Battleship (M, 131mins) Directed by Peter Berg **
You have to admire the audacity of Hollywood. Accused of only being able to make sequels, remakes and adaptations of comics or books, they came up with a new master plan in the 1980s – looting the toy box.
But while GI Joe stuck to the legacy of his shiny-haired doll, and Clue(do) had at least Professor Plum, a verandah, and a chandelier, the one thing that ties this over-the-top 2012 action flick together , which emphasizes bomb-to-bomb, to the 80-plus-year-old board game is that it feels plastic, looks stiff (and contains a few ships).
Like the Transformers movies it clearly draws inspiration from (the alien spaceships are straight out of the Decepticons’ fall collection), this is a movie where the plot drowns in the bay, sorry, chaos.
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Our nominal hero is U.S. Navy Tactical Action Officer Alex Hopper (Taylor Kitsch). A former wanderer, he turned his life around with the help of his big brother Stone (Alexander Skarsgard), a career sailor, and Navy air physio Samantha (Brooklyn Decker), who both encouraged him to get away with it. commit to the cause.
However, he now faces his toughest test, asking Sam’s father for his hand in marriage. Of course, it turns out to be Admiral Shane (Liam Neeson), whose dislike of Alex is cemented by a fight incident, which not only threatens Alex’s chances of getting an answer positive, but also his whole career.
Just as the Admiral is about to lower the boom, a greater threat awaits them all. Gatecrashing the annual 14-nation Rampac military exercises off the coast of Hawaii is a bunch of alien spacecraft — and they don’t exactly want to play by the usual rules of engagement.
Director Peter Berg should really stick to dark comedies and small-town dramas. While Very Bad Things and Friday Night Lights were inventive and compelling tales (presuming more commercial and similarly themed hits, The Hangover and Moneyball), his more action-oriented films, The Kingdom and Hancock, had some hard time. wrong. And here he could have met his Waterloo.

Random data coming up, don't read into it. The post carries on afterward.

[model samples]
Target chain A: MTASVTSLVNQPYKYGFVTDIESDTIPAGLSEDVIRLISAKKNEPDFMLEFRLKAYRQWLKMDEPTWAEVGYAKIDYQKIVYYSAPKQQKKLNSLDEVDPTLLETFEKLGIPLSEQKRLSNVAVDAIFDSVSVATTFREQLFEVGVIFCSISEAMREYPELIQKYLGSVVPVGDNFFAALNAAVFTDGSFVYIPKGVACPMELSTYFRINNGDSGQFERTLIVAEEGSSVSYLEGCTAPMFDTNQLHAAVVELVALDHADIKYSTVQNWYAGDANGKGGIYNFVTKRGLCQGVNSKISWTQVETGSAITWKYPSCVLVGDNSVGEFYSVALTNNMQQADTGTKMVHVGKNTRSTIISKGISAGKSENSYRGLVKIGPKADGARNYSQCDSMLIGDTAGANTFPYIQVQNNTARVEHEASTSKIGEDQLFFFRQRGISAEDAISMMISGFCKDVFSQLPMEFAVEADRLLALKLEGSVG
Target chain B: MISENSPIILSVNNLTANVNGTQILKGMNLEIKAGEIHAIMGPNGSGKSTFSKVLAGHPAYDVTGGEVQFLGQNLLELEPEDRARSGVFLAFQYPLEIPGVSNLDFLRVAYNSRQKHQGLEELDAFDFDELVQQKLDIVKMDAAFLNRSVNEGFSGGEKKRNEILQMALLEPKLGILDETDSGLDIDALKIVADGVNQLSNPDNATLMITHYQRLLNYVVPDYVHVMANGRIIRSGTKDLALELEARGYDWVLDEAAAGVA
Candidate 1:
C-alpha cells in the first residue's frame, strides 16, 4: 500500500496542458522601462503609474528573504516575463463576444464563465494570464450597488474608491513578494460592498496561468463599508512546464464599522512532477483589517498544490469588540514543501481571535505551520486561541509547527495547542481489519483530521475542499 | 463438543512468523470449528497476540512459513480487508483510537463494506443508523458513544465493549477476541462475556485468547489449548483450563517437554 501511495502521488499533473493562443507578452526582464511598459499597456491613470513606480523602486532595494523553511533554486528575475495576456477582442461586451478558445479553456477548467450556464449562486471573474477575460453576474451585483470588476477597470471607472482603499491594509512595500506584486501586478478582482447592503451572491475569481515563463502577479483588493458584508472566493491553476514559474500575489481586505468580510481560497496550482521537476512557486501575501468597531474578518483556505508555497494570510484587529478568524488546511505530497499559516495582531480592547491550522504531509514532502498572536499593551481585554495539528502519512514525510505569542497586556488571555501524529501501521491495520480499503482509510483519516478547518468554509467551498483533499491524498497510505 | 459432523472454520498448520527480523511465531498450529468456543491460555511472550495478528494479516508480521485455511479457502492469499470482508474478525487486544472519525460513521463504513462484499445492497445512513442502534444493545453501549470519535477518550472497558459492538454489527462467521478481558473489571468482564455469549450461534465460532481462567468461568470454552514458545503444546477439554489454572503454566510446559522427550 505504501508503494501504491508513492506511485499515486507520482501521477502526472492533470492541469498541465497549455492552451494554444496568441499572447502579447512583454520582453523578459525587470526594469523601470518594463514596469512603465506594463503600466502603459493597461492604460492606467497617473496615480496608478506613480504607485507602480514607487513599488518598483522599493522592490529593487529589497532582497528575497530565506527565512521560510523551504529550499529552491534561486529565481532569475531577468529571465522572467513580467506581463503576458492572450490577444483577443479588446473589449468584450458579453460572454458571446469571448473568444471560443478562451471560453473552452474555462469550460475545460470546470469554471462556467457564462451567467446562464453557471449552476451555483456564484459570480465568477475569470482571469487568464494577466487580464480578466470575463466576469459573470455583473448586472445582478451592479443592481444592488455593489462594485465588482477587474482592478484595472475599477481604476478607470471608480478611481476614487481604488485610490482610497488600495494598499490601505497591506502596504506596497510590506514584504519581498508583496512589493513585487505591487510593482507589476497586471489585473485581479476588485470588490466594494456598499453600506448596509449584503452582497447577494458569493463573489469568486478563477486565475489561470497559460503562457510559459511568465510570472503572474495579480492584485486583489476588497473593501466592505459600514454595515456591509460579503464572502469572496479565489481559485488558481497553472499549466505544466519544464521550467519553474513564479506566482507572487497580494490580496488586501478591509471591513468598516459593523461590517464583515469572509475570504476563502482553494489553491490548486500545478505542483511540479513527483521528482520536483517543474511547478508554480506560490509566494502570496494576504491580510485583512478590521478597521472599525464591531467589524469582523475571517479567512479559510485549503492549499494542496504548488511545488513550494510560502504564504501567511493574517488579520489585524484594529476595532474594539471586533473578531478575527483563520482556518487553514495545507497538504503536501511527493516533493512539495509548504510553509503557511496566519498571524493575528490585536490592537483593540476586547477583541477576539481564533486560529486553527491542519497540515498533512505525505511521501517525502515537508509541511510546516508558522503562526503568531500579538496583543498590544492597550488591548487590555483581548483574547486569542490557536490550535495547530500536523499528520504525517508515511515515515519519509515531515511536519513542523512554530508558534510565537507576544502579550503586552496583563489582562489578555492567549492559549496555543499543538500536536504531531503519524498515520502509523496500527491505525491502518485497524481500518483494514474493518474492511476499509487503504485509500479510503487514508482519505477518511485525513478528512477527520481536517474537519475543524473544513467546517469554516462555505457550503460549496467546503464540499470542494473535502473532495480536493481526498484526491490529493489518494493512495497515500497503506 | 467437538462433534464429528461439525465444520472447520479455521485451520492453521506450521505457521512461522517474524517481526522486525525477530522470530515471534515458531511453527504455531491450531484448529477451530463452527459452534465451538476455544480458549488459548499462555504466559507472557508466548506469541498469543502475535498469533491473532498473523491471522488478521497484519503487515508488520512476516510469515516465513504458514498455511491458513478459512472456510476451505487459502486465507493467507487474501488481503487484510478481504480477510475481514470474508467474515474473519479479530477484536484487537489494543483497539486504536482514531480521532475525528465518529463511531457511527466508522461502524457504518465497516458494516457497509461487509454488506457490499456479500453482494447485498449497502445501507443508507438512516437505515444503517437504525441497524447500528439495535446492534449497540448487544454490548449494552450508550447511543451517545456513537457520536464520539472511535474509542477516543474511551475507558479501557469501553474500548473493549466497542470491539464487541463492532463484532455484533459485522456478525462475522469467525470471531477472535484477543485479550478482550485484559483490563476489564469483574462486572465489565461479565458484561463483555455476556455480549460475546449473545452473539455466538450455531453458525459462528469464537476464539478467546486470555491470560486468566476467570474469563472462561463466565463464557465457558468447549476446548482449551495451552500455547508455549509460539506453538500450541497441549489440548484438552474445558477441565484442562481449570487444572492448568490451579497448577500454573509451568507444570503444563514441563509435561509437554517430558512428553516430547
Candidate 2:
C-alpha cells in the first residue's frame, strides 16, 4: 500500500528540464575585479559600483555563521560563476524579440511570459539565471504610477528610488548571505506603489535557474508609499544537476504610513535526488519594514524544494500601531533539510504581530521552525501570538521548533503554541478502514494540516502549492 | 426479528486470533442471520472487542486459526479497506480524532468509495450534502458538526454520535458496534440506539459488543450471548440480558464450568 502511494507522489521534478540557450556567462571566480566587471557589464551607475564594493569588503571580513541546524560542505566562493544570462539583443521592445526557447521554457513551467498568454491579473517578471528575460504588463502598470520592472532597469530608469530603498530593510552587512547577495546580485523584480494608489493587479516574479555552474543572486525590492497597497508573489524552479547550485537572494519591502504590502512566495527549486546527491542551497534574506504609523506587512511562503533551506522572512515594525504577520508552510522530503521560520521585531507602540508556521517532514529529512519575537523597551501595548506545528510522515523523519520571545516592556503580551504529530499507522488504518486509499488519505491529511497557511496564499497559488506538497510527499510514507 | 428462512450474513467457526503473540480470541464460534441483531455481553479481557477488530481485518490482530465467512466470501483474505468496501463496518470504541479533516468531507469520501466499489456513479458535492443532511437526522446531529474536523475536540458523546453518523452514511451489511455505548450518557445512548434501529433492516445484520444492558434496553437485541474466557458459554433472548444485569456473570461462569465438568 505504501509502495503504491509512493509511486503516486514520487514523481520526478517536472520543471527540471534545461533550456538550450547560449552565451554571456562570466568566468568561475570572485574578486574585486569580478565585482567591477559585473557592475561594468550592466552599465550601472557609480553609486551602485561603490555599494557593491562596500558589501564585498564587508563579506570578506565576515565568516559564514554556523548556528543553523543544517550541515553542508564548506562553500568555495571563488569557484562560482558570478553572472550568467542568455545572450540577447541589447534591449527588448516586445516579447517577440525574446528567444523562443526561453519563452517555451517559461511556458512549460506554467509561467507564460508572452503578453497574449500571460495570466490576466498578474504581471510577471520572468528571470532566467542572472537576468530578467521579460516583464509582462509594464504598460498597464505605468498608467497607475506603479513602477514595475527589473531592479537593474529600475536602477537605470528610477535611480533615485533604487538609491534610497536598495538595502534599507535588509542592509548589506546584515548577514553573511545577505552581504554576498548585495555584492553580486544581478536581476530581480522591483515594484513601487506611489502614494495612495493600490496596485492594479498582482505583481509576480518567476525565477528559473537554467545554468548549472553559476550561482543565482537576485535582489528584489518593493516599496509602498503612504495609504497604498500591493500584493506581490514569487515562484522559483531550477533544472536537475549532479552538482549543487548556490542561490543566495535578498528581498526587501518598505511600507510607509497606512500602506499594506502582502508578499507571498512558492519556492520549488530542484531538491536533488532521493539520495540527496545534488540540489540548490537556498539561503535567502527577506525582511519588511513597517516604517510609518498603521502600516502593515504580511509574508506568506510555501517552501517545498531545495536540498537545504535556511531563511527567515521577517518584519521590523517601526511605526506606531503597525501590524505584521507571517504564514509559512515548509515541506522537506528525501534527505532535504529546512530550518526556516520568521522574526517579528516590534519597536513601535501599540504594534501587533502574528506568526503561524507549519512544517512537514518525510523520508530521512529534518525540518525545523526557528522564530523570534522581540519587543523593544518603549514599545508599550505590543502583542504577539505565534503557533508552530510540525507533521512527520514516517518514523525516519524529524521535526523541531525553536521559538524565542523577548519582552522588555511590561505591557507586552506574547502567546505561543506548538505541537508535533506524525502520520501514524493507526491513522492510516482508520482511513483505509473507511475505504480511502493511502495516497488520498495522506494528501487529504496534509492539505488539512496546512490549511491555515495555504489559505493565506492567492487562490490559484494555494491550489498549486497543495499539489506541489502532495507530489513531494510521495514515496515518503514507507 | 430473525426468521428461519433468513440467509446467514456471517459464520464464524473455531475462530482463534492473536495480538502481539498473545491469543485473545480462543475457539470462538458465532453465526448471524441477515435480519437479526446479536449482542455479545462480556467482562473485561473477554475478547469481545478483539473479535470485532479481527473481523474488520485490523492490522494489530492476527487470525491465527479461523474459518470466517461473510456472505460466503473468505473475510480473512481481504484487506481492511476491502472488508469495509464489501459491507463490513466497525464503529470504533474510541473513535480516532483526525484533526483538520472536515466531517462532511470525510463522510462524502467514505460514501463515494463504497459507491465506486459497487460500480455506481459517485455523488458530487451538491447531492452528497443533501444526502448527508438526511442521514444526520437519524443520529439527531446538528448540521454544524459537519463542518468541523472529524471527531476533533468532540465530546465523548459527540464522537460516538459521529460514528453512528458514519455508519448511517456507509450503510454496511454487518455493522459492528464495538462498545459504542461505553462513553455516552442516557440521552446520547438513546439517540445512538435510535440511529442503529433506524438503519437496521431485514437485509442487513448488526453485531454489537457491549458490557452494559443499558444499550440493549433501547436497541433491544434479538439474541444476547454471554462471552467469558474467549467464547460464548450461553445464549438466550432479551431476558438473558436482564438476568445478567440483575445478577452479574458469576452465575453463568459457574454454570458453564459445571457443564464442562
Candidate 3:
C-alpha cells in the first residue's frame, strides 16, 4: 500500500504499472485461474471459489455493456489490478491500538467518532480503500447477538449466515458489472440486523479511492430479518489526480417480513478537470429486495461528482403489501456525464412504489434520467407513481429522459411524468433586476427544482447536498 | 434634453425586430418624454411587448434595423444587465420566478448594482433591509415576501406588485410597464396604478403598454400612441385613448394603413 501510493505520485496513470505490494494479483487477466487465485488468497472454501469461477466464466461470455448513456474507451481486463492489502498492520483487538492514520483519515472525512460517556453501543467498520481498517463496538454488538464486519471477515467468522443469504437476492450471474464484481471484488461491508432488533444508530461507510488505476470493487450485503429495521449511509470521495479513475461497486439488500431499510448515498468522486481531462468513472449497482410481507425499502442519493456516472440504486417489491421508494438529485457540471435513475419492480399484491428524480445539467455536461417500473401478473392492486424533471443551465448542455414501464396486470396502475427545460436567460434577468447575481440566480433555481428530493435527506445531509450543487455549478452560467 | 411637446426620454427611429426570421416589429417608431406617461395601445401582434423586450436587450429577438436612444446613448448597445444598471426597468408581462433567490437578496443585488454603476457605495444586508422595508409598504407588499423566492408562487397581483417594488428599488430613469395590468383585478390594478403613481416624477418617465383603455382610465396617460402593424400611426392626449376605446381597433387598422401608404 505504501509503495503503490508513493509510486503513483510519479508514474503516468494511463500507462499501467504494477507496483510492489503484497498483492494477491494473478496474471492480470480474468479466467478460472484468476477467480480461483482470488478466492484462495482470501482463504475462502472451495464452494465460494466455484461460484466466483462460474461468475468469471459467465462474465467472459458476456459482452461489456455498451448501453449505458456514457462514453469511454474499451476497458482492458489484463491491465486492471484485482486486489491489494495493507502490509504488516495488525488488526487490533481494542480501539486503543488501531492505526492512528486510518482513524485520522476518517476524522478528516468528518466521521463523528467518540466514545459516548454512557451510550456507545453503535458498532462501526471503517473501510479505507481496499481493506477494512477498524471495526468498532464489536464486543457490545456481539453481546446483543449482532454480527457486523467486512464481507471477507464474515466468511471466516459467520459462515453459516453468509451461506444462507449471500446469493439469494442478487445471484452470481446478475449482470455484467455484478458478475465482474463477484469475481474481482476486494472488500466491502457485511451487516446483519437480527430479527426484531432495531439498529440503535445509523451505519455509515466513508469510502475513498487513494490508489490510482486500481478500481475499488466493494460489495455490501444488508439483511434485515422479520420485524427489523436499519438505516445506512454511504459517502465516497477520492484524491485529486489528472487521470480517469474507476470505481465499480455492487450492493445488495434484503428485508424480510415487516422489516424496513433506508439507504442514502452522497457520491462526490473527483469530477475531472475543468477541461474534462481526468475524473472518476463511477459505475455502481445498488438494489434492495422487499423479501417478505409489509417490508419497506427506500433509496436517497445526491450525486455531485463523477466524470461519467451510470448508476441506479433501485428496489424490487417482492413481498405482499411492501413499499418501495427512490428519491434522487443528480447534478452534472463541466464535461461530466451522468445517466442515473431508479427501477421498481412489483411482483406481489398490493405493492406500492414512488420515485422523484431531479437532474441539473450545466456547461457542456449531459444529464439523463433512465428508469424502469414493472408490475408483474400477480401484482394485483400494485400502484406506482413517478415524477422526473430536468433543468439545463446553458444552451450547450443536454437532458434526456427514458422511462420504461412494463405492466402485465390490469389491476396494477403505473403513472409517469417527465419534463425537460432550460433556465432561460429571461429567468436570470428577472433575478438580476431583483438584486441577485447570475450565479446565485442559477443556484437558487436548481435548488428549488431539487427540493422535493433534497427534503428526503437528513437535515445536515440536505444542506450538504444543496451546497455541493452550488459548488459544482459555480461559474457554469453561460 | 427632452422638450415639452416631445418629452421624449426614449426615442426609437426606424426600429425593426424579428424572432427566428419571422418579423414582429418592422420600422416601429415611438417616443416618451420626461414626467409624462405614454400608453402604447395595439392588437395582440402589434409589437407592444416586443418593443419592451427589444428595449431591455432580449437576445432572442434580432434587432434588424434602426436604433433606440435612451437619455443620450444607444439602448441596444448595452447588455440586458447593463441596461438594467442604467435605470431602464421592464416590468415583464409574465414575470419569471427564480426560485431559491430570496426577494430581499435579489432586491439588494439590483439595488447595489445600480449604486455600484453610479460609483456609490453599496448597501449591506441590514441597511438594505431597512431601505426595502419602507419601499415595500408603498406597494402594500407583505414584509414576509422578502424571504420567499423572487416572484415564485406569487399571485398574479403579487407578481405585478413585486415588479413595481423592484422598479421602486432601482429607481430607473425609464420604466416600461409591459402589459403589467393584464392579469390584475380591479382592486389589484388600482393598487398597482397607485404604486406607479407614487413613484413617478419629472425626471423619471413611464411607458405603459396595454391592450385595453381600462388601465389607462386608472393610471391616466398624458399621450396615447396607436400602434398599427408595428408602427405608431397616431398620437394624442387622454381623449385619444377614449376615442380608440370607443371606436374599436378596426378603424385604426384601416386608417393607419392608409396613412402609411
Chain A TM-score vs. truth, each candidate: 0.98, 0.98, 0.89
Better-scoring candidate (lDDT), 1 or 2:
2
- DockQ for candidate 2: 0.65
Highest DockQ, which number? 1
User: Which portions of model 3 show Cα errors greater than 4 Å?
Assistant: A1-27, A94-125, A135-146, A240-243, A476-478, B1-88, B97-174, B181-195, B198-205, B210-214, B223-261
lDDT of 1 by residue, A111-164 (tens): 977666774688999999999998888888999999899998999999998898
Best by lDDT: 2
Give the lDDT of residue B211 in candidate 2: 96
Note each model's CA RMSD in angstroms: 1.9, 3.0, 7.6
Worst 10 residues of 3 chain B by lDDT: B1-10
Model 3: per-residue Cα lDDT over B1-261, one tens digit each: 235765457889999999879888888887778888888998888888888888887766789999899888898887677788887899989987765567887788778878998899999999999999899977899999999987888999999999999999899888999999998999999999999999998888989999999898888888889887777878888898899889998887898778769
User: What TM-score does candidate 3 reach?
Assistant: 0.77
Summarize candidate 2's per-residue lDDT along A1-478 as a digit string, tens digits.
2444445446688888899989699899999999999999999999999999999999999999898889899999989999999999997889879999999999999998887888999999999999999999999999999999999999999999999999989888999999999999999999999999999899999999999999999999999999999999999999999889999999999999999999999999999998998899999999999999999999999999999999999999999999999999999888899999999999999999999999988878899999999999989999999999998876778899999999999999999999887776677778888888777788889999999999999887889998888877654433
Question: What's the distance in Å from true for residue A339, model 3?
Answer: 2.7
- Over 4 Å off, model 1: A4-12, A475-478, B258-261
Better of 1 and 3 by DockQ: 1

Struggling with a script (by red scribes Erich and Jon Hoeber) that both wants to quote Homer and apes Don Simpson’s (The Rock, Con Air) action plans, it can only deliver a film such as Homer Simpson could have imagined it.
There’s the product, and yes, the placement (with special emphasis on Hawaii’s great naval attraction), the stum und drang and – inevitably – someone mentions Sun Tzu’s The Art of War – twice. .
Xenophobia abounds, with Hong Kong coming in for a sledgehammer and Japanese “help” (designed to give the film a boost in international sales) handled with a heavy hand.
The actor named Neeson (Schindler’s List) looks grumpy throughout, while rookie pop diva Rihanna plays a character who appears to be the beloved child of Kylie Minogue in Street Fighter and Will Smith in Independence Day.
In my opinion, the only person to emerge with any credit is Kiwi boy John Tui. The seemingly gentle giant gives a Hulk-tastic performance as Chief Petty Officer Walter “Beast” Lynch.
Battleship is now available to stream on Netflix and Prime Video.